This review is based on a complimentary copy from the publisher and provided through NetGalley in exchange for an honest review. The quoted material may have changed in the final release.

Sunday, January 20, 2019

Review: Saving You

Title:  Saving You
Author: Charlotte Nash
Publisher: 29th January 2019 by Hachette Australia
Pages: 384 pages
How I Read It: ARC book
Genre: contemporary fiction
My Rating: 5 cups

One single mother. Three escaped pensioners. A road trip across the United States.
The new emotionally compelling page-turner by Australia's Charlotte Nash.
In their tiny pale green cottage under the trees, Mallory Cook and her five-year-old son, Harry, are a little family unit who weather the storms of life together. Money is tight after Harry's father, Duncan, abandoned them to expand his business in New York. So when Duncan fails to return Harry after a visit, Mallory boards a plane to bring her son home any way she can.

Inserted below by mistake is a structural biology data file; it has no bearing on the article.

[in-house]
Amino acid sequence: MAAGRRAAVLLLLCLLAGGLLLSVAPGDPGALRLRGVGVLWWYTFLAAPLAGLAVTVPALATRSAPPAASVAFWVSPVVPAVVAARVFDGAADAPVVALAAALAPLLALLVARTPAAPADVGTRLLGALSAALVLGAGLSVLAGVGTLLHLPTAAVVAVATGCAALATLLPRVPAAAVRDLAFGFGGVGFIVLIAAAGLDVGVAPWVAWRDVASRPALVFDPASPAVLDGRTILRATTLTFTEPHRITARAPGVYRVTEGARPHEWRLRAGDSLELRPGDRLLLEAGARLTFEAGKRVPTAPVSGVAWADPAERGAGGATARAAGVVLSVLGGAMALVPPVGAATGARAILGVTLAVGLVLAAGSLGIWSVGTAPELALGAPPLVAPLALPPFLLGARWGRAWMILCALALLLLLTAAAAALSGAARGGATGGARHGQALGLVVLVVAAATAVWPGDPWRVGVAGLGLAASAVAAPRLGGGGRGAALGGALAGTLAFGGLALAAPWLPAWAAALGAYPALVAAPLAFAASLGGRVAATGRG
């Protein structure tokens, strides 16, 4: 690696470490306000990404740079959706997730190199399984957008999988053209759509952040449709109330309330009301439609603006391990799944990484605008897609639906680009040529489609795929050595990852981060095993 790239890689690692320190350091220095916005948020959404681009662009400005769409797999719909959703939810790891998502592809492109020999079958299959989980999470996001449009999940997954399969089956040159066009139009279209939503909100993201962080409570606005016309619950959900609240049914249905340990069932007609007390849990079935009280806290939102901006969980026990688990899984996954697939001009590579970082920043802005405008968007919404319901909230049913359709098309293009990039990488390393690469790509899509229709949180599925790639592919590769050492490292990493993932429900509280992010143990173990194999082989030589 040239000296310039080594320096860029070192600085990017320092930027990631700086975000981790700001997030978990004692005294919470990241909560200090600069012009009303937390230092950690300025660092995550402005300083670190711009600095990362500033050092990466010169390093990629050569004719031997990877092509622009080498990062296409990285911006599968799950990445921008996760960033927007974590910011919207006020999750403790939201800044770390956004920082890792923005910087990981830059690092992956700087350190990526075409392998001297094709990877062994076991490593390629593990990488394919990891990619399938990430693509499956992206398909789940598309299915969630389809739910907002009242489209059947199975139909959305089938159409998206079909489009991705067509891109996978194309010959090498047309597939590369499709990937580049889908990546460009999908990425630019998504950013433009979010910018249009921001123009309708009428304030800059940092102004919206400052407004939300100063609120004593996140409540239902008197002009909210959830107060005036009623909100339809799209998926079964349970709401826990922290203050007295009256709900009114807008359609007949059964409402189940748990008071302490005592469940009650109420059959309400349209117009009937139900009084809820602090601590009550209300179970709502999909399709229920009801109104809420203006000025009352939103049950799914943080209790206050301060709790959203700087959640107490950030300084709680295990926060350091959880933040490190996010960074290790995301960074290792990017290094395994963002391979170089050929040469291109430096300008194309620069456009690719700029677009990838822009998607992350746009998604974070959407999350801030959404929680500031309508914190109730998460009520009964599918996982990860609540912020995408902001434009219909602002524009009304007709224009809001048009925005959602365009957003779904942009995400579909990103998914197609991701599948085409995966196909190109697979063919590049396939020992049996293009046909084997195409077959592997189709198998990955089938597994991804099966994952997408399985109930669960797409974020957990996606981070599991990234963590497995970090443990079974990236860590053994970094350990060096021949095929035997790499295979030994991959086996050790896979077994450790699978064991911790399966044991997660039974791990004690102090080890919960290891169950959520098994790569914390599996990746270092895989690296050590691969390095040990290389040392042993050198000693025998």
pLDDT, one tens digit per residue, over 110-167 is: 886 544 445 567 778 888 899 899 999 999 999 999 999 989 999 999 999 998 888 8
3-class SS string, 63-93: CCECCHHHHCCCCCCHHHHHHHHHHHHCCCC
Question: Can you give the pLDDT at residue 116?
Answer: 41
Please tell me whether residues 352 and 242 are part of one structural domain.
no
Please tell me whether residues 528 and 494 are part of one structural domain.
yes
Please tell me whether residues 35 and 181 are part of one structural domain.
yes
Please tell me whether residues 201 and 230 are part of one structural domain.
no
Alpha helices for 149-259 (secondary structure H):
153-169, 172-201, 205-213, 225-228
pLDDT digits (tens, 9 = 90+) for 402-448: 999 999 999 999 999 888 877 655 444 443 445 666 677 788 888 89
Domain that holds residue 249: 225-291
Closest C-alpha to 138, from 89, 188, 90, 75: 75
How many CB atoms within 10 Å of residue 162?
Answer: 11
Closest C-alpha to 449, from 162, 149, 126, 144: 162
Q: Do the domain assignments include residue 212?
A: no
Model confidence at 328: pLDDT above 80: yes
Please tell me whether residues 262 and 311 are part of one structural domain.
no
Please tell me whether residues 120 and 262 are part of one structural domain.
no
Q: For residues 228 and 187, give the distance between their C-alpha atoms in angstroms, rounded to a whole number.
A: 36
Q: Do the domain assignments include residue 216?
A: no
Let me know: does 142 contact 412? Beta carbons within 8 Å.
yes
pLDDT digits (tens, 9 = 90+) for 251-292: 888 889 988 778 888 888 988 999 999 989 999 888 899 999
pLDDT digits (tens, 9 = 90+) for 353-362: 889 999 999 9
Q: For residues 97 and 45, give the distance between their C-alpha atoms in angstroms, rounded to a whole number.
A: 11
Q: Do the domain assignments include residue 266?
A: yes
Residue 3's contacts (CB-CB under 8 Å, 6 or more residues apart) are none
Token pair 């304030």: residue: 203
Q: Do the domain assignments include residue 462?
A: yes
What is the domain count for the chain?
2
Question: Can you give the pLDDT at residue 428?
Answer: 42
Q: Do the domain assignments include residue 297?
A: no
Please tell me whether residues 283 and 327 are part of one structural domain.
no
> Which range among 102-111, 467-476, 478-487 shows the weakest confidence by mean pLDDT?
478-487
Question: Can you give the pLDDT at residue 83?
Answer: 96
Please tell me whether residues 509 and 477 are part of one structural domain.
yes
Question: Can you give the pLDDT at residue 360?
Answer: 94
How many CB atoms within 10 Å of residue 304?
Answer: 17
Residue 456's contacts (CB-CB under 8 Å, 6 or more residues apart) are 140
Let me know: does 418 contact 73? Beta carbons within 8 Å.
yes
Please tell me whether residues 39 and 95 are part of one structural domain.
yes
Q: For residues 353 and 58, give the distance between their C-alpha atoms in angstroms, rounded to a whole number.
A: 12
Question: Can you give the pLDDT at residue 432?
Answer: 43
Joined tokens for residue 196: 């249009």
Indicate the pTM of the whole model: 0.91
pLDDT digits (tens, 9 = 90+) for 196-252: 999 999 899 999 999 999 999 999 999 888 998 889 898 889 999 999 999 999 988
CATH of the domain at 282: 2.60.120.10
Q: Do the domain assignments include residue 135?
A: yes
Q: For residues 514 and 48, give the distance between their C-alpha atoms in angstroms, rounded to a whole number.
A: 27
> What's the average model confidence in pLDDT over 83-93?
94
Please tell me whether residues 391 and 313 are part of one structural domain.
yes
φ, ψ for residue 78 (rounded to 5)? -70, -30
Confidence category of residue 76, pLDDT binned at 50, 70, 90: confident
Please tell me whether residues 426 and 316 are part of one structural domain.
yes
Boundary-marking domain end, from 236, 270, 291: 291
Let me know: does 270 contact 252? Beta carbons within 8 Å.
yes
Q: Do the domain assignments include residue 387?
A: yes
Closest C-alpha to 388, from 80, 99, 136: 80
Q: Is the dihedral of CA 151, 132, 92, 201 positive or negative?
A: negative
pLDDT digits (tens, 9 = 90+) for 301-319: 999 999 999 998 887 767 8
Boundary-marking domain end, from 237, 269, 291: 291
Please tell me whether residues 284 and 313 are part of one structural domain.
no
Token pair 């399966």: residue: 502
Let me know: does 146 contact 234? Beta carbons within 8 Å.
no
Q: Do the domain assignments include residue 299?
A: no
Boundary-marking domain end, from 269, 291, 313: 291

During the journey, a chance encounter with three retirees on the run from their care home leads Mallory on an unlikely group road trip across the United States. Zadie, Ernie, and Jock each have their own reasons for making the journey and along the way the four of them will learn the lengths they will travel to save each other - and themselves.
Saving You is the beautiful, emotionally compelling page-turner by Charlotte Nash, best selling Australian author of The Horseman and The Paris Wedding. If you love the stories of Jojo Moyes and Fiona McCallum you will devour this book.

My Thoughts

‘Saving You’ by Aussie author Charlotte Nash initially had me perplexed - this looked to be a real departure from her usual storytelling. Having read and loved her, ‘The Paris Wedding’ (HERE) what would my thoughts be on this new style? Well, I am happy to report I loved it. Charlotte takes the reader on such a heartwarming venture that will take you from the crest of laughter to the trough of despair. What a rollercoaster!